• spendthrift •
Part of Speech: Noun
Meaning: A financial wastrel, a person who wastes money, spends money prodigiously and wastefully.
Notes: Today's Good Word seems to be an oxymoron comprising a contradiction of terms. How can you be thrifty and spend, too? Today's Word History explains. In the meantime, you may use the adjective, spendthrifty, and either noun, spendthriftiness or spendthriftism, even though you don't hear these derivations very often.
In Play: Drawing the line between generosity and spendthriftiness can be difficult: "Owen Cash is such a spendthrift, he took Alison out to a $500 dinner!" More commonly, though, that line is clear: "M. T. Banks ran through all his inheritance like a spendthrift on a mission."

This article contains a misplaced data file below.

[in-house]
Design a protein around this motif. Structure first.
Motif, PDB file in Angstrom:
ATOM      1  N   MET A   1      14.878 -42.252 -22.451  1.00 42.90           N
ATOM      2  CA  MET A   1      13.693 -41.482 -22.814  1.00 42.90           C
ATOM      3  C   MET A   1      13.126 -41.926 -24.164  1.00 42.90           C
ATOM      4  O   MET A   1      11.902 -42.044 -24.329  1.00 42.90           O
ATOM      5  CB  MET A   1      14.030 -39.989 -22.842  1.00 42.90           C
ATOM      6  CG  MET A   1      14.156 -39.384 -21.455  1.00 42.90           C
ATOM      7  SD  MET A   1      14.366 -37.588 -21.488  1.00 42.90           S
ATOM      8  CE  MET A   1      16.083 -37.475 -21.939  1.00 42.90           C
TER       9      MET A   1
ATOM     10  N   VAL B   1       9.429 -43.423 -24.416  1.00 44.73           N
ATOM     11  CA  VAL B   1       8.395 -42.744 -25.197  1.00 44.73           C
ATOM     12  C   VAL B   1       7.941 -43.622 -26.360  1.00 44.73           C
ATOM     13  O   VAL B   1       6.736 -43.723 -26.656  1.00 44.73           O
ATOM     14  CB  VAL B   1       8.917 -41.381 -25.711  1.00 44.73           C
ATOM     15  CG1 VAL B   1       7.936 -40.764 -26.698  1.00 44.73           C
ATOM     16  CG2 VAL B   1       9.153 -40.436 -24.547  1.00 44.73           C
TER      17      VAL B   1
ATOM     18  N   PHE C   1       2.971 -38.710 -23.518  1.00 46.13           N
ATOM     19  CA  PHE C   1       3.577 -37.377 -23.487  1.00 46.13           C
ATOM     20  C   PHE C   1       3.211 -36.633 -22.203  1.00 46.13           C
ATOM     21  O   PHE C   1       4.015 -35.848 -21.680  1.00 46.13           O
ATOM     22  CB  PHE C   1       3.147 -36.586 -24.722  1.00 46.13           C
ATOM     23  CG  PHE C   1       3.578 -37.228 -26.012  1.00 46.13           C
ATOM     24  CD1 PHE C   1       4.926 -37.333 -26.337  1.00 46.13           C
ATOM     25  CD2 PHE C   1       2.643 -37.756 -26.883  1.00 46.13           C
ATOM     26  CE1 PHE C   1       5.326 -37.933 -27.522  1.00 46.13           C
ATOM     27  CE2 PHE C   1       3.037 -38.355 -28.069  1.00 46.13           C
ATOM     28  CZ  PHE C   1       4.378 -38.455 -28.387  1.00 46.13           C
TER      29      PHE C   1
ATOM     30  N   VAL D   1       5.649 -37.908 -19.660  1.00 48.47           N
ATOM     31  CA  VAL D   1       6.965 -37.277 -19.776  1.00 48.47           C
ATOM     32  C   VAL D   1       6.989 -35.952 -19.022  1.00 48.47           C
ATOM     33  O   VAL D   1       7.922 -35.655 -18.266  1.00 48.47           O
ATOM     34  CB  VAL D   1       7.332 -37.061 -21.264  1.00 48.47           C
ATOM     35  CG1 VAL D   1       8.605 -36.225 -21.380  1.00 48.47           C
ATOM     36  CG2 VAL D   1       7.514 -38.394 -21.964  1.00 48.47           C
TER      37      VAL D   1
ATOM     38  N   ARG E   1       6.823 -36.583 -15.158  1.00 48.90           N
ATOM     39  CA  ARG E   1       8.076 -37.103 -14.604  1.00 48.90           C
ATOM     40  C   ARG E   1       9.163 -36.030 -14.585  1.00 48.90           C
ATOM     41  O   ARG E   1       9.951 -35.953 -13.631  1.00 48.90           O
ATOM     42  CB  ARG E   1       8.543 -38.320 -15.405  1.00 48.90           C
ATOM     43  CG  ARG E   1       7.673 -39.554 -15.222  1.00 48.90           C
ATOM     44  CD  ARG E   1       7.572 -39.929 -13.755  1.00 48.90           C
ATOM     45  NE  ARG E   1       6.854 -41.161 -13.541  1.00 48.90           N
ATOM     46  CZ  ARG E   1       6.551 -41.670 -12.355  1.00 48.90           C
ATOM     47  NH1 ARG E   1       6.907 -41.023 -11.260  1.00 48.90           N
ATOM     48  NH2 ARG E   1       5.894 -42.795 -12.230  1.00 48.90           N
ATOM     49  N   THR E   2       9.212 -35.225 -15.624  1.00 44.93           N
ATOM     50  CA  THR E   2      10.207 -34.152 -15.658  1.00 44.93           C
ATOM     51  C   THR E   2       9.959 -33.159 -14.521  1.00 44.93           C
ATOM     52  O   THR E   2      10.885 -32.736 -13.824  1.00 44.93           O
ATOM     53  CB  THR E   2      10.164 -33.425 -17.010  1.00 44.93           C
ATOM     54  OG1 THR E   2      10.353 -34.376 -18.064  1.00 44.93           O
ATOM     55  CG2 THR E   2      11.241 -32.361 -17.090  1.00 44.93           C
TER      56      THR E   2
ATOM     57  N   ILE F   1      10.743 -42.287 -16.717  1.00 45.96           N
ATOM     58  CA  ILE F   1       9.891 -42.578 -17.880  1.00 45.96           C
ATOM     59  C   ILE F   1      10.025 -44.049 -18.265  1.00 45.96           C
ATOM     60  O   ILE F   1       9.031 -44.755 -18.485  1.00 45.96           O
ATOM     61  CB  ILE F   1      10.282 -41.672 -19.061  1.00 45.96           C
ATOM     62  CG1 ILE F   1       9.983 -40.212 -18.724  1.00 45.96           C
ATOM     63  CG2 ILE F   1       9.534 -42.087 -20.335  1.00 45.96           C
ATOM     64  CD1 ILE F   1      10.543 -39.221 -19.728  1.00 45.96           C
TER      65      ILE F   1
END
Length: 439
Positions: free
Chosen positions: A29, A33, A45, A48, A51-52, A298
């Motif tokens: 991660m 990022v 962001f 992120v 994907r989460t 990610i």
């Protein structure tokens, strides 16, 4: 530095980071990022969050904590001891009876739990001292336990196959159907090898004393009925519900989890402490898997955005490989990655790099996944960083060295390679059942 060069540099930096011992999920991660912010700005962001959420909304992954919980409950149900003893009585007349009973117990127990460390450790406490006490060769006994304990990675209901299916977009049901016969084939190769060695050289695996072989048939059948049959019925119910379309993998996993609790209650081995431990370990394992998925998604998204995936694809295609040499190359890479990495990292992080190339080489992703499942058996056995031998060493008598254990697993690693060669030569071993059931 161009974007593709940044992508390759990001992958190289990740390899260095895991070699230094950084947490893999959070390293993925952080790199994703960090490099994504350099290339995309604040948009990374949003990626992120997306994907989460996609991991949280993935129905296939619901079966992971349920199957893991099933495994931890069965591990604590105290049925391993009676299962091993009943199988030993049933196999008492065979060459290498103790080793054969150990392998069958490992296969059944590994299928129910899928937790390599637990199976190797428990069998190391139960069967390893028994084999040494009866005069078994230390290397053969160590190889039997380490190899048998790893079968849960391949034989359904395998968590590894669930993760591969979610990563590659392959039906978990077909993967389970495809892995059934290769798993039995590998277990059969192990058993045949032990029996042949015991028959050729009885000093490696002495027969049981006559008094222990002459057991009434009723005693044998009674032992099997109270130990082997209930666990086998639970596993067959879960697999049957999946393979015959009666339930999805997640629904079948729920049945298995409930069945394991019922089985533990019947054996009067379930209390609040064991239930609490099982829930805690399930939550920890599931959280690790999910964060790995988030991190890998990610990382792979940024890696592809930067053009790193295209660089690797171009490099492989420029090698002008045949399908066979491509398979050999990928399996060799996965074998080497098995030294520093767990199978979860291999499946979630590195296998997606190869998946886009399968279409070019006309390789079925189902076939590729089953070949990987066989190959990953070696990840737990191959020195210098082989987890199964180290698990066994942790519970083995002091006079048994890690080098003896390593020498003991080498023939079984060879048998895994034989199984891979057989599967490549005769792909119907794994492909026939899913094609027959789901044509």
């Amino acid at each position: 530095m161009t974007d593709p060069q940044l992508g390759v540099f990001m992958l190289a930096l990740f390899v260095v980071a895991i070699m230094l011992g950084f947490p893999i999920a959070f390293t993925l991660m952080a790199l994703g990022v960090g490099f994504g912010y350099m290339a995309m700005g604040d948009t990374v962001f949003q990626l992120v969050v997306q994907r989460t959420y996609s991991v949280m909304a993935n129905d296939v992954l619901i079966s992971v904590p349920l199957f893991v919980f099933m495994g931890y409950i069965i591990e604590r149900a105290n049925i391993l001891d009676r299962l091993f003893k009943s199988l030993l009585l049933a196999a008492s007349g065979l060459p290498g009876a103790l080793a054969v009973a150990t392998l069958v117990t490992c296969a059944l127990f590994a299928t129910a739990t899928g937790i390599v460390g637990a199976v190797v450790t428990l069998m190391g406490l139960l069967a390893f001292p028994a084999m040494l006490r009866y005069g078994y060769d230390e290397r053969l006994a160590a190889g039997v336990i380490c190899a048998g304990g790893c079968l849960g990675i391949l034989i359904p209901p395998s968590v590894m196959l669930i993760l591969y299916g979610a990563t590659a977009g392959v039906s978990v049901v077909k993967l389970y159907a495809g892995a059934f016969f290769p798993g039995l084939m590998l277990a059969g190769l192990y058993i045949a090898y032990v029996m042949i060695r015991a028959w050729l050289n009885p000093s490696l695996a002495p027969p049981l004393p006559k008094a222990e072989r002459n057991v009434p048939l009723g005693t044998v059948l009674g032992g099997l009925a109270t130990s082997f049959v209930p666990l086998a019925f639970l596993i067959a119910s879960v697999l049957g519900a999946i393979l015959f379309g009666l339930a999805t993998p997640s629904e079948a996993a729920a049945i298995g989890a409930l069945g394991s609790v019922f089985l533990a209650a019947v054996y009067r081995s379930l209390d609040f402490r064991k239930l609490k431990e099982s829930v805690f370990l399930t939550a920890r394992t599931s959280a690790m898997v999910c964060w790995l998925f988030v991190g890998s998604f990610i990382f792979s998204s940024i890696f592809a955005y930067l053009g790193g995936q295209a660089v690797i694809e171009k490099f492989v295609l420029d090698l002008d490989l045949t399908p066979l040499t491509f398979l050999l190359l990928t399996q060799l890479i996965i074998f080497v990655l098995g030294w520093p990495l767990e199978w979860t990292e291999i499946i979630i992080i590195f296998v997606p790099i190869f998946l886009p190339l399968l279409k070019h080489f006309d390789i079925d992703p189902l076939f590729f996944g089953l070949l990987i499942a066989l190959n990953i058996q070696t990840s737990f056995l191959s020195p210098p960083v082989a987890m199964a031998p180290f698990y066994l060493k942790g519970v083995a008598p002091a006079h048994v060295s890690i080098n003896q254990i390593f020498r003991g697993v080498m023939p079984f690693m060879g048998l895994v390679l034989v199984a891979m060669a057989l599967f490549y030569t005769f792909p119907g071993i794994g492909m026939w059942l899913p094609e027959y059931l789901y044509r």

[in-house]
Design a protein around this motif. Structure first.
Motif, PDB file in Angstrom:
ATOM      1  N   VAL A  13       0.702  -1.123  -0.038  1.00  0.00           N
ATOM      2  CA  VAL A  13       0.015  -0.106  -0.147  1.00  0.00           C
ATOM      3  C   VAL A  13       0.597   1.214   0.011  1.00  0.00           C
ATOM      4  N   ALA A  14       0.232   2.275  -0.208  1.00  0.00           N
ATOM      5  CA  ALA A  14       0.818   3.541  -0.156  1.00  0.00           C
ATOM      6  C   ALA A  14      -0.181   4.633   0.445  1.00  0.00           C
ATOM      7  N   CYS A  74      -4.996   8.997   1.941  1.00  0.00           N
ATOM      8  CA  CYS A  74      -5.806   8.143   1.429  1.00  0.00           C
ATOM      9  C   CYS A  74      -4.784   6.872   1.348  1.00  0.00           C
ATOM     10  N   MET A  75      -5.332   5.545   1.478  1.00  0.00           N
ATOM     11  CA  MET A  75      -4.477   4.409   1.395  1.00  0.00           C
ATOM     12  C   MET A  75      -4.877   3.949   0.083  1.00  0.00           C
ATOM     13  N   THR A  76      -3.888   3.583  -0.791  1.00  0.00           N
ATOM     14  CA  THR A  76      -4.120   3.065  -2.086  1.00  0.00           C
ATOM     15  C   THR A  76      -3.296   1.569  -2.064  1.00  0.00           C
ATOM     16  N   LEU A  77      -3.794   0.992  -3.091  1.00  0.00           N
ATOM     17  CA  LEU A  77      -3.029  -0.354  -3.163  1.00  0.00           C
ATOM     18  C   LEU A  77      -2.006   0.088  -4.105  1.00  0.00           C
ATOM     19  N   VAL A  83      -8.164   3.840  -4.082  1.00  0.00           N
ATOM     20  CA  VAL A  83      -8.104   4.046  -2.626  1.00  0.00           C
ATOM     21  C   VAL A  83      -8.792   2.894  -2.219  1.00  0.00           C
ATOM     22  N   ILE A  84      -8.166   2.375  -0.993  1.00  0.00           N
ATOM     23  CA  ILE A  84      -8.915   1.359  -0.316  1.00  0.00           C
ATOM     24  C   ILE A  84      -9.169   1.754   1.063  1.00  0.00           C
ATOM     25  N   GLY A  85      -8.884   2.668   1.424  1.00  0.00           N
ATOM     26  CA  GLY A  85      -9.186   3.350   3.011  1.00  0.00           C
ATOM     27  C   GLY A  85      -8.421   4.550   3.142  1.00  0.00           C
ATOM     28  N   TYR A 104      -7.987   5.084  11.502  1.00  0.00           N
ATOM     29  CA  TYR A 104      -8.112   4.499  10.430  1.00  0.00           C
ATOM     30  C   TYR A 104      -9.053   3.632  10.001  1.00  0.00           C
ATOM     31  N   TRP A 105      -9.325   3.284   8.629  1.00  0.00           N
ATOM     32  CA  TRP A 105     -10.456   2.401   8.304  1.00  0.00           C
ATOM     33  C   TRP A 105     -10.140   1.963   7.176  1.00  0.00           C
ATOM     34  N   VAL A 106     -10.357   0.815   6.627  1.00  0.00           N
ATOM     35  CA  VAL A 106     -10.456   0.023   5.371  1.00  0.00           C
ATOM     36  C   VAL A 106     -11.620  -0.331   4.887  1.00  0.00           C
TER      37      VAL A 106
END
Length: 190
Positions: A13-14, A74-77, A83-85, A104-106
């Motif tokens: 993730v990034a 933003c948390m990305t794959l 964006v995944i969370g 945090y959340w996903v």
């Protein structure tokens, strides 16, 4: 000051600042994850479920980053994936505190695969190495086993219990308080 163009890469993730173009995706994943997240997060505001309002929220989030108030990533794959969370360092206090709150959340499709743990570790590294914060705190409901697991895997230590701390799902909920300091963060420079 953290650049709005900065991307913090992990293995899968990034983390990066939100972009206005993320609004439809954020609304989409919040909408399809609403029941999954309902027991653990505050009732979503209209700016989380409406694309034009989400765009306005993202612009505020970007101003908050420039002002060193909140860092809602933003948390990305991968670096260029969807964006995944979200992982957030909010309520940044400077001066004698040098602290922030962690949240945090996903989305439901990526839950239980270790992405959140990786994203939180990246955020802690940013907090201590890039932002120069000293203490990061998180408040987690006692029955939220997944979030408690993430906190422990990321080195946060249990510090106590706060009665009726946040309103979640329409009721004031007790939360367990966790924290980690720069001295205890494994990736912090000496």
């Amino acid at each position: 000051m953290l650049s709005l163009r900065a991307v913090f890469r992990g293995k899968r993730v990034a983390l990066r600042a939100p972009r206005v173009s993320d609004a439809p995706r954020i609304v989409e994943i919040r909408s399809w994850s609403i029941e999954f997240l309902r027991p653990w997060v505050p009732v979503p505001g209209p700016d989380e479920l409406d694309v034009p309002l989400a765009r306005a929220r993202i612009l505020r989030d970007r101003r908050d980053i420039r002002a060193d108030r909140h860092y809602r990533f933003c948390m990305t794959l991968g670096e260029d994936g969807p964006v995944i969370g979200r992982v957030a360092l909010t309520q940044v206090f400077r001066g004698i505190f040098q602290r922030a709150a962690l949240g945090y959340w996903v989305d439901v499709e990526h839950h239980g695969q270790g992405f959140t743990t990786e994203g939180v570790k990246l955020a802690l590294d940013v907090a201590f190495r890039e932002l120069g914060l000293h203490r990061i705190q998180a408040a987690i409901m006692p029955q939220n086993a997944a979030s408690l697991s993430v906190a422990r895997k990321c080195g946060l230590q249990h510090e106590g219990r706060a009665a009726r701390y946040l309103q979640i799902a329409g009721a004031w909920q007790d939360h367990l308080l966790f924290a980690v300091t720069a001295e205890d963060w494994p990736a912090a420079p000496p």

Word History: How did two such oxymoronic words as spend and thrift manage to join up in a word meaning "a financial wastrel"? This word first appeared in print in the first decade of the 17th century. At that time the meaning of thrift was "savings, net worth, wealth", a meaning still alive today in the phrase thrift institutions (savings and loan associations). Someone who spends that kind of thrift for no good reason foolishly risks his or her future, hence the pejorative connotation of spendthrift. Thrift was originally the noun of the verb thrive, as gift is a noun from give. Like gift, the meaning of thrift floated away from the meaning of the verb it was historically derived from. (Today we must thank Gary Parnham of Boston for spending the time it took to add to our lexical thrift by suggesting today's odd little word.)
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